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Why Arsenal need to seize second place in the Premier League

PUBLISHED: 12:00 26 March 2015

Arsenal's Danny Welbeck left) and Newcastle United's Remy Cabella (right) battle for the ball at St James' Park,

Arsenal's Danny Welbeck left) and Newcastle United's Remy Cabella (right) battle for the ball at St James' Park,

PA Wire/Press Association Images

Even trailing a sequence of six straight victories in their wake, it takes a substantial leap of faith to envisage Arsenal snatching the Premier League title.

Despite that recent run of form – comfortably their best of the season – Arsene Wenger’s side are still seven points adrift of leaders Chelsea, who have a game in hand.

And, although the Blues have yet to visit Emirates Stadium next month, even Wenger concedes that the gap will almost certainly be too great for his side to close.

“Chelsea have a good security and at the moment I feel they have enough to be quite serene,” 
observed the Arsenal boss after Saturday’s 2-1 win at Newcastle.

“We have Manchester City in front of us but, if you look behind us, it is tight as well, so the important thing is to win our games. Chelsea have too much security.”

However, even if the Gunners’ dreams of a first championship since 2004 are unlikely to materialise, there is every reason for them to channel their efforts into a concerted challenge for the mantle of runners-up.

After all, a full decade has passed since Wenger’s team claimed second place in the league – or even came genuinely close to doing so and that, for a club who won three titles in the preceding eight years, is not good enough.

Sneaking into fourth place and the Champions League qualifying round might have been deemed acceptable during the years that Arsenal were financially hamstrung by their move to the Emirates.

But that is no longer the case. In recent times, the Gunners have forked out transfer fees in excess of £30m and £40m and there need to be some tangible indications of that investment bearing fruit.

Unfortunately, no such signs can be found in the Champions League itself – where Arsenal have just departed the tournament at the last 16 stage for the fifth year running and, arguably, against the weakest opponents they have faced in that time.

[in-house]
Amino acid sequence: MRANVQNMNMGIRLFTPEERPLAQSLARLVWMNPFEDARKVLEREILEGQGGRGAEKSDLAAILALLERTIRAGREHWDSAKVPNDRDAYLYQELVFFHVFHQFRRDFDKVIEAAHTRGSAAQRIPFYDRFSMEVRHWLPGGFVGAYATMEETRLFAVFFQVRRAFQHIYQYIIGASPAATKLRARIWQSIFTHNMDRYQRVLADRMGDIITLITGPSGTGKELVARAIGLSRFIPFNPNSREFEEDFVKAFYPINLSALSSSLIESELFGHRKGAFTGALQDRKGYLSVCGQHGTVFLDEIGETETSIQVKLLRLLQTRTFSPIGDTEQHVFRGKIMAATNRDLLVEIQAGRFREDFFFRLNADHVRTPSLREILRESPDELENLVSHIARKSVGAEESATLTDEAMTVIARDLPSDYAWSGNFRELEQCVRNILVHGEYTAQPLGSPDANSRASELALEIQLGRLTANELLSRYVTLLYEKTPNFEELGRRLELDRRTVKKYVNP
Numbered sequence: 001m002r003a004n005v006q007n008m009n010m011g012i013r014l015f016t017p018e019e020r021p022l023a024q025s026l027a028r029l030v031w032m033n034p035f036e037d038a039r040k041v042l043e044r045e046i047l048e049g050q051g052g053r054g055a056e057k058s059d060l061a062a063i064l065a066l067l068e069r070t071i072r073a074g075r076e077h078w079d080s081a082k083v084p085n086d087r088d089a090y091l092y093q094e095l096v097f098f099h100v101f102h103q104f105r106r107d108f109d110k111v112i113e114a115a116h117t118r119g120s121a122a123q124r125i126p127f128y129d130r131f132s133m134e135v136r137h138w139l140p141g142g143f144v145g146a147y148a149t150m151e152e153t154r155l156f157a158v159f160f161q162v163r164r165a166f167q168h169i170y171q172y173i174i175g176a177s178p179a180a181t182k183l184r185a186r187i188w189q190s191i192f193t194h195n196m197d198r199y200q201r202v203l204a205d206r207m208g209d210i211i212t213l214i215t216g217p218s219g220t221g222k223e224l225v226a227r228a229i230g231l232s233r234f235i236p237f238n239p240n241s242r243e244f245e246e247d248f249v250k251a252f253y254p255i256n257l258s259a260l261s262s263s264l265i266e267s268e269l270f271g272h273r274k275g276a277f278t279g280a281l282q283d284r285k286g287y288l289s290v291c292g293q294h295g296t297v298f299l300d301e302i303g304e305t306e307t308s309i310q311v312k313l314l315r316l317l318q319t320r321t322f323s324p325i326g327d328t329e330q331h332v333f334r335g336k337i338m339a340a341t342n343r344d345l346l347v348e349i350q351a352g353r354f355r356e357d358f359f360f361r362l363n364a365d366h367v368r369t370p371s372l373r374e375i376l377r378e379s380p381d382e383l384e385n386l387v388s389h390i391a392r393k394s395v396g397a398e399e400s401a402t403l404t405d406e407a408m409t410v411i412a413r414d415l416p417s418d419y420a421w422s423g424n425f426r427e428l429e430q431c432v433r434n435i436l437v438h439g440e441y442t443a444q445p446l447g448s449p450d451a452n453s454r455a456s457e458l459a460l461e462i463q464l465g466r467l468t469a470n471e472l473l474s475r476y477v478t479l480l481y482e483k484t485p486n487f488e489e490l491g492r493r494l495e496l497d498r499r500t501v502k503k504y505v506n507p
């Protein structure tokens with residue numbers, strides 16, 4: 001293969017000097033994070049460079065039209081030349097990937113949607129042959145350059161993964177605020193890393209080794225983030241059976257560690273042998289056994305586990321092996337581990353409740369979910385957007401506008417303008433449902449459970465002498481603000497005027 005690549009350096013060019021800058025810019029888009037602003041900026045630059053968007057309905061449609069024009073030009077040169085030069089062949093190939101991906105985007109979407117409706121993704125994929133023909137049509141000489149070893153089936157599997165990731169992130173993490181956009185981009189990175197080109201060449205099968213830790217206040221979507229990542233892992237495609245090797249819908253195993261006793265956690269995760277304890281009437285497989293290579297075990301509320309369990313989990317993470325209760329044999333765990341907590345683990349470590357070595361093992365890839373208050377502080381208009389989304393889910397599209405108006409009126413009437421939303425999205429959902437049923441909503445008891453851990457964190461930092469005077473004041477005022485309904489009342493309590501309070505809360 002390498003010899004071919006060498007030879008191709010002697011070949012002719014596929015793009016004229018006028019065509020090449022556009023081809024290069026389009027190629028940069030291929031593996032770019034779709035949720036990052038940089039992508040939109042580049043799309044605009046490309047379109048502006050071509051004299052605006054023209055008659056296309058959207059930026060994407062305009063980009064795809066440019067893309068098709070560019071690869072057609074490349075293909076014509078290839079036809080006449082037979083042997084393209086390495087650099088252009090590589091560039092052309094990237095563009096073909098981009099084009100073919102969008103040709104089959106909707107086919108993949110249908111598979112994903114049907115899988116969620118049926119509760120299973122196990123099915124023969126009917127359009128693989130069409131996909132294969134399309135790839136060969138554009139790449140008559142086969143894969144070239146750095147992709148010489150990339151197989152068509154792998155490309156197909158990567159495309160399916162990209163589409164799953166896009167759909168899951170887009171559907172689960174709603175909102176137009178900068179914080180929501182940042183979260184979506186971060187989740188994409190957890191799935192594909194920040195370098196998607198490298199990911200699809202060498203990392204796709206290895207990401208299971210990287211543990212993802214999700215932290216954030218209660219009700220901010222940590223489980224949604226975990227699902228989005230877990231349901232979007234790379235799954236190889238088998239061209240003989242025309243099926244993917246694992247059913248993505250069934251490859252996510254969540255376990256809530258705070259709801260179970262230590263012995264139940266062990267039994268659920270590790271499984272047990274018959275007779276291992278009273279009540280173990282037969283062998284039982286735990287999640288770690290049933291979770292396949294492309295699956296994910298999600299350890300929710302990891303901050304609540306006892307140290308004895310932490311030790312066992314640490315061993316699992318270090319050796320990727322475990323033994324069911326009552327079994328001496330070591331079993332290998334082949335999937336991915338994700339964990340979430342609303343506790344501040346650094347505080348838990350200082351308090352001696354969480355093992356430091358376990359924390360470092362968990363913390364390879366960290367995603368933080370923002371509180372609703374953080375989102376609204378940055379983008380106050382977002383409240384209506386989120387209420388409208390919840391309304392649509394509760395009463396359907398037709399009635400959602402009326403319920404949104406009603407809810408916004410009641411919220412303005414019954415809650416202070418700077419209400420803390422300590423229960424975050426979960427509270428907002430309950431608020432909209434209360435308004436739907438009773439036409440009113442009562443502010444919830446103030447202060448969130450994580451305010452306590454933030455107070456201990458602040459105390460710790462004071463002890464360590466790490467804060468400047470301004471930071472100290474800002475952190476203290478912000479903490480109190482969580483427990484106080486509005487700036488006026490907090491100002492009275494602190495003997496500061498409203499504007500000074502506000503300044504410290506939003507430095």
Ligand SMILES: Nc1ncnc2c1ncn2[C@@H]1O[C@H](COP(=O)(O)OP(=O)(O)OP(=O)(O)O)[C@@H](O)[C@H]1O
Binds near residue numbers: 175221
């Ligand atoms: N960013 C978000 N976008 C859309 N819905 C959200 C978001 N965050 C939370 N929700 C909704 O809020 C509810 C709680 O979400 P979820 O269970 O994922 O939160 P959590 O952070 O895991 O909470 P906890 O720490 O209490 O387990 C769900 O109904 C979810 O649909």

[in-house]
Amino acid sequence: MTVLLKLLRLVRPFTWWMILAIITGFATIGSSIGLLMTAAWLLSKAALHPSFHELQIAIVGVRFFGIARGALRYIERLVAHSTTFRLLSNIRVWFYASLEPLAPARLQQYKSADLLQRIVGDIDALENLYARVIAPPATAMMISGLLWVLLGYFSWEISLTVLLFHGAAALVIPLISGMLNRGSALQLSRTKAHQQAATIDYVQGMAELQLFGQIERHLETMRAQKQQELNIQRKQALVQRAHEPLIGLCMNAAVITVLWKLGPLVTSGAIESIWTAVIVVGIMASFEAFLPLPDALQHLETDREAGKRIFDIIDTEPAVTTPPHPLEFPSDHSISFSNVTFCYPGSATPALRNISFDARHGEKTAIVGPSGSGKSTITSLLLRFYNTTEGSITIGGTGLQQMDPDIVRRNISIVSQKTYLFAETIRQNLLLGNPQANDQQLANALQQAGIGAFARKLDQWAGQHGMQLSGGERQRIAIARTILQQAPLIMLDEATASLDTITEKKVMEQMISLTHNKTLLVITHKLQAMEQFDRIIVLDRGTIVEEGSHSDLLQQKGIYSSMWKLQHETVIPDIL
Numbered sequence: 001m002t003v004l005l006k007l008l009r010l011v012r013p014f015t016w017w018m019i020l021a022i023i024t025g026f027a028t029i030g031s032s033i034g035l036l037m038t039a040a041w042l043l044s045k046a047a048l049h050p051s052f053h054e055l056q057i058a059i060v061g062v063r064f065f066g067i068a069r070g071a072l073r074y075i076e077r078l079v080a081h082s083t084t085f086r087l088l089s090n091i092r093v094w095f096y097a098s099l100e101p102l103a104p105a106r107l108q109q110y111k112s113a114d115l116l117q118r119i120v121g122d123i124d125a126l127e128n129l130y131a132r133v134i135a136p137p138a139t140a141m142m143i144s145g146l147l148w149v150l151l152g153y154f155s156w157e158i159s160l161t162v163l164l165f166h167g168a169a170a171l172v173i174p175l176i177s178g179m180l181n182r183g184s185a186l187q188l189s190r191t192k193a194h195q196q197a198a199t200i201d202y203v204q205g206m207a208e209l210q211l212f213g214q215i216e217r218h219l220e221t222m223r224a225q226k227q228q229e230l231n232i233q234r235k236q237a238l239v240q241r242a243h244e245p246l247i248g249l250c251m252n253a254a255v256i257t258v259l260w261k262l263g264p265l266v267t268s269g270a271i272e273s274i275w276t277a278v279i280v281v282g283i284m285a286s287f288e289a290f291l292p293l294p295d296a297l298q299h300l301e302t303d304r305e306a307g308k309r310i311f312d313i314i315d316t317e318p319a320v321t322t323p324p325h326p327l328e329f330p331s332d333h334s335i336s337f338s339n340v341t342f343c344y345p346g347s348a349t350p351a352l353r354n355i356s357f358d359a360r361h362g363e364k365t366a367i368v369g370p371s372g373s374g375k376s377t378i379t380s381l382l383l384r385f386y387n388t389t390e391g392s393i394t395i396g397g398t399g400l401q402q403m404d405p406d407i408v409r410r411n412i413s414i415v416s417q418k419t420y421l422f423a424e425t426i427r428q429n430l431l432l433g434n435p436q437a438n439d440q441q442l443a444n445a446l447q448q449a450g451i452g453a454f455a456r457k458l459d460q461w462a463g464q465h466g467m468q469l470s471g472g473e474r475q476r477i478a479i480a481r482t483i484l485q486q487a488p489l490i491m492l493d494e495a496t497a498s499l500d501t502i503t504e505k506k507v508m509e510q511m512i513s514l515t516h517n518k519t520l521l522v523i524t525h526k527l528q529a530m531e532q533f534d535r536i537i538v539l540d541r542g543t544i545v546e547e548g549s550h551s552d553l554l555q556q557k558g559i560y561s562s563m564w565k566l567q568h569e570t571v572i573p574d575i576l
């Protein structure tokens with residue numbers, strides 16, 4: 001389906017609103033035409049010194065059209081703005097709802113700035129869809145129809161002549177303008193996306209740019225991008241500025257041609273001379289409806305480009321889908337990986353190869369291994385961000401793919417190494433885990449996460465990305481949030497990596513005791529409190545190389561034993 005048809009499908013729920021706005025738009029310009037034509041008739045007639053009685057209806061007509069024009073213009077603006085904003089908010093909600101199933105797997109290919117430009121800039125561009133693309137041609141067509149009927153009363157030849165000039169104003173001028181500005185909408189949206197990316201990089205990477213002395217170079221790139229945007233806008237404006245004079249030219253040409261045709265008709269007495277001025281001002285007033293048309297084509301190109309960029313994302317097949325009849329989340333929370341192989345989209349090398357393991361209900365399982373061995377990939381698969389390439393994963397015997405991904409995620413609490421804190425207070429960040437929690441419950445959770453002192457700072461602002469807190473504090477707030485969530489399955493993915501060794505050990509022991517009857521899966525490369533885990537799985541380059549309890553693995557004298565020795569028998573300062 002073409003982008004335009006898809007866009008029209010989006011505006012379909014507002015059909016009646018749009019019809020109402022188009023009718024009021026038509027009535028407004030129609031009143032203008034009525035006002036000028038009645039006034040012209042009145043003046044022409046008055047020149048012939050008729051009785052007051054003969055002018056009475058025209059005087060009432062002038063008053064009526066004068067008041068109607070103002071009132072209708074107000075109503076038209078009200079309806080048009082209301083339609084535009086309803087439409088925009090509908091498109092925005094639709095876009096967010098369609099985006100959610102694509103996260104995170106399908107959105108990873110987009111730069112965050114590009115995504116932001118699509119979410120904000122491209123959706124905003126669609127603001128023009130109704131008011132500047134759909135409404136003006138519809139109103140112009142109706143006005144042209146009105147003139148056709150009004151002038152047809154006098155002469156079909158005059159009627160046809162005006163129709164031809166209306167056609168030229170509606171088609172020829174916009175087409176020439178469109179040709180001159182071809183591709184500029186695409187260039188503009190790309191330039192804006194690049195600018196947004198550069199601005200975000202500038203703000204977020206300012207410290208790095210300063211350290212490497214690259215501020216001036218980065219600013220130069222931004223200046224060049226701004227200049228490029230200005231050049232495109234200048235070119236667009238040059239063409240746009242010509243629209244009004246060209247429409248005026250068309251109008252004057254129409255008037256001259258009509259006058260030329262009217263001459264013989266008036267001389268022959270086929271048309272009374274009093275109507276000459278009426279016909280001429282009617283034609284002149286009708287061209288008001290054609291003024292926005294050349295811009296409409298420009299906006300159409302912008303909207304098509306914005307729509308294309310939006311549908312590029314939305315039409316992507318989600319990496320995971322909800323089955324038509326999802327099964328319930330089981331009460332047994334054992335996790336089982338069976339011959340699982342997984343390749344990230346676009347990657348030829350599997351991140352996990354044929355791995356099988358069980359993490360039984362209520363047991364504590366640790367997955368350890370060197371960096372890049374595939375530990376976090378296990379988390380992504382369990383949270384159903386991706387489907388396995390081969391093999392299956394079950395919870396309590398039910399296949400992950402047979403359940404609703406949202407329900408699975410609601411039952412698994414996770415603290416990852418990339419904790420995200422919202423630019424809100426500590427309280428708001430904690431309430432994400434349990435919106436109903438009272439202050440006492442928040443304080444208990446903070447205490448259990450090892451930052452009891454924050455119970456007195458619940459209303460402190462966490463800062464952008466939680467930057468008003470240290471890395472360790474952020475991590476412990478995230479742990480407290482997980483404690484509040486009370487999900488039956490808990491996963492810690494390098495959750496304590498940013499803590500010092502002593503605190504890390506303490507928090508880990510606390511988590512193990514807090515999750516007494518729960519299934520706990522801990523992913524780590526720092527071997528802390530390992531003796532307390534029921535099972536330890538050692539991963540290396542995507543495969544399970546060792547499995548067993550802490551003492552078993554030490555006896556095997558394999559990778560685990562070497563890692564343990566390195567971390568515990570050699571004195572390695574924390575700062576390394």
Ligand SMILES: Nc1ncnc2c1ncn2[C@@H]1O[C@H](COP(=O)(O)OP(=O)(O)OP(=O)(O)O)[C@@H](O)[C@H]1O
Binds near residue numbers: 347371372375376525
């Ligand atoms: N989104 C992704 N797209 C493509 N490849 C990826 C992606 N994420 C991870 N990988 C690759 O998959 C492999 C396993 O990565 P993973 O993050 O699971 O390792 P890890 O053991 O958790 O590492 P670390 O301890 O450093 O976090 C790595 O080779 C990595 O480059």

While last season’s FA Cup success was more than welcome – as would be a repeat performance this time around – the Gunners desperately need to show that they are making progress back towards the Premier League summit as well.

Another fourth-place finish this year would suggest stagnation rather than development. So Arsenal must seize the opportunity to elbow their way into at least the top three, or ideally the top two.

And, while Liverpool’s chances of a second successive runners-up spot cannot be discounted, the likelihood is that the Gunners will need to see off the two Manchester clubs to achieve it.

United, of course, lie in wait for Wenger’s side on the penultimate weekend of the season and no doubt will be determined to take revenge for their recent FA Cup quarter-final defeat at Old Trafford.

Next month, though, they face City and then Chelsea in successive games and overall their run-in suggests second place may be too tall an order.

City, on the other hand, will feel relatively confident about a schedule that includes home games against Aston Villa, West Ham and QPR and it is certainly not impossible to see them garnering another 20 points or so to augment their current total of 61.

That would leave the Gunners requiring seven wins from their last eight matches to have a chance of overhauling City – and recent statistics do give an inkling that they may need to top the 80-point mark to finish in second place.

Over the last five seasons, the Premier League runners-up have totalled an average of 81 points, while third place has usually been attainable by a more modest 75 or fewer.

So a top three spot may be more realistic for Arsenal this season. Make no mistake, however, that – not fourth – is the minimum they need for Wenger’s belief that his team are heading in the right direction to be taken seriously.


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